Friday, September 23, 2016

Traction Miscellany

More interesting photos sent to us by Art Peterson.

All Images Copyright by the Krambles-Peterson Archive




This looks to me like something a model railroader would build out of spare parts, but it's actually a Cincinnati Car Co. demonstrator locomotive, completed on Dec. 17, 1925.  The non-equalized six-wheel trucks are strange enough, but check out that misshapen cab.  It ran in demo service on the Western Ohio, the Cincinnati & Georgetown, and on the CH&D (C&LE) as their number 605.  It was finally scrapped at Moraine, sadly enough.



The Scioto Valley was a third-rail interurban (the only one in the Indiana-Ohio network) best known for its big wooden cars, but it also had some more modern steel cars.   This is #120, in its final resting place at 119 E. Main in Lancaster. 

This is another Scioto Valley car, probably the same series, but its actual number and location are unknown.


And this is Western Ohio car #51, a Kuhlman.   Again, the location is unknown, but it appears to be right next to a former main line.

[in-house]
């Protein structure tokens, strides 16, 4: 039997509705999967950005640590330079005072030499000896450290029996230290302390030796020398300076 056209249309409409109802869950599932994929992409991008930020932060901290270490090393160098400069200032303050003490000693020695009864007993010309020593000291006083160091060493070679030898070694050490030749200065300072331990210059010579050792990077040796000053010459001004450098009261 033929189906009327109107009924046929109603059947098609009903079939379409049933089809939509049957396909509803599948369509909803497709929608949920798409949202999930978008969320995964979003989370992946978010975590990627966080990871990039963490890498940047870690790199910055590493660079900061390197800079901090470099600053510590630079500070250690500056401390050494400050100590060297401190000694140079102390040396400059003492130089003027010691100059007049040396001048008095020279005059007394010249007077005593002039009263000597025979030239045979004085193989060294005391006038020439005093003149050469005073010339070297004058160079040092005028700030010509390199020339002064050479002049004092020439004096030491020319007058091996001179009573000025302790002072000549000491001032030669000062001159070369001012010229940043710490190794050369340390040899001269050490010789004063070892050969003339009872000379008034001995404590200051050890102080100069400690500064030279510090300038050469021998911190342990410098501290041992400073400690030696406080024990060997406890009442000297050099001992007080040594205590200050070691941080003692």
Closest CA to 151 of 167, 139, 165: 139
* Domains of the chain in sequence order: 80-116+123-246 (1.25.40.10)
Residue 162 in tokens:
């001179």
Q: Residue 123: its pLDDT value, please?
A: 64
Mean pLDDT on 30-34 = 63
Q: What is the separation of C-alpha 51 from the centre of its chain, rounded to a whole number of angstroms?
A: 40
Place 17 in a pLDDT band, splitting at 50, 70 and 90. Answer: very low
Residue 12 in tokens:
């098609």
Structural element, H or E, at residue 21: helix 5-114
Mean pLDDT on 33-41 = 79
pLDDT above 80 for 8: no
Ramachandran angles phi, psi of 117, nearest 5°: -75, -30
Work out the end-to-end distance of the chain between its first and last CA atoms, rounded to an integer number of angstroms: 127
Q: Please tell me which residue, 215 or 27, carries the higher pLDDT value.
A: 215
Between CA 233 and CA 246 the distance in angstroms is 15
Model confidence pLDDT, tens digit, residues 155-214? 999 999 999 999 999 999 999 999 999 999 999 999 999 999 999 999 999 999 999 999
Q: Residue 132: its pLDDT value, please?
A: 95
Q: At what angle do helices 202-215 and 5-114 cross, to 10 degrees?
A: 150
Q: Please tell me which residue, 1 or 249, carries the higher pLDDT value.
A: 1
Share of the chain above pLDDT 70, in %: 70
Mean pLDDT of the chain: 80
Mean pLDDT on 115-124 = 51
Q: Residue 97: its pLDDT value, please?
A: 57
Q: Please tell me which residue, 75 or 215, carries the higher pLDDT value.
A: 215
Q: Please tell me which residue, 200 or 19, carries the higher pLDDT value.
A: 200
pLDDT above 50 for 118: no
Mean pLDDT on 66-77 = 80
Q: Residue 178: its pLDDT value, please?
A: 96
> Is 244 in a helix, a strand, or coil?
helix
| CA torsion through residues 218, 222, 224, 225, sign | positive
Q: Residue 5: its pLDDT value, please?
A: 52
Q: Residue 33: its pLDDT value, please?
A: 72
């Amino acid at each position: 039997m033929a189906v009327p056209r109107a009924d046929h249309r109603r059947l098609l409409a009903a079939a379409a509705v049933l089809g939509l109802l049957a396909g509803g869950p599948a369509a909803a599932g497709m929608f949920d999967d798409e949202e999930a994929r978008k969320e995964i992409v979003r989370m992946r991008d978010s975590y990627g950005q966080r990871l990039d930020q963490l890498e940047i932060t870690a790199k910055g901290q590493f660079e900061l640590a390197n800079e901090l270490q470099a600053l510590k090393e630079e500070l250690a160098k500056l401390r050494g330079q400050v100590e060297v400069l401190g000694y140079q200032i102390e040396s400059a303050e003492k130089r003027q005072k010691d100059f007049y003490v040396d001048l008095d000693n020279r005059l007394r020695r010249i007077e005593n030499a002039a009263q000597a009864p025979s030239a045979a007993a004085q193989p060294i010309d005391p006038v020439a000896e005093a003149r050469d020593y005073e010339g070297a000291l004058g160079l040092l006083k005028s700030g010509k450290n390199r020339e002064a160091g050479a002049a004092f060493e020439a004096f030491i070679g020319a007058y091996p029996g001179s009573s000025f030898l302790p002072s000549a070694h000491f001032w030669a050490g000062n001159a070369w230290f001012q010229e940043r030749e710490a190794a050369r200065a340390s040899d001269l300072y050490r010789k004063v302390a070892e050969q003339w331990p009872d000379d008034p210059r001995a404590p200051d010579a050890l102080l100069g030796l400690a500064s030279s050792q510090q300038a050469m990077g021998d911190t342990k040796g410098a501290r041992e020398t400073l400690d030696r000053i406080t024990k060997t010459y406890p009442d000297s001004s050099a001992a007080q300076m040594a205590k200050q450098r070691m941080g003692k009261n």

3 comments:

Anonymous said...

maybe http://www.newdavesrailpix.com/hicks/htm/hicks023.htm

Frank Hicks said...

Western Ohio 51 appears to have been virtually identical to the Fostoria & Fremont car in that link. WO 50-57 were built on Kuhlman order #786 and F&F 40-41 were built at the same time on order #787.

Chris said...

I see some benefits to the shape of 605's cab, and some drawbacks. A narrow steeple cab has better visibility benefits, but also some other drawbacks. This shape may be better than a long steeple cab or a box cab.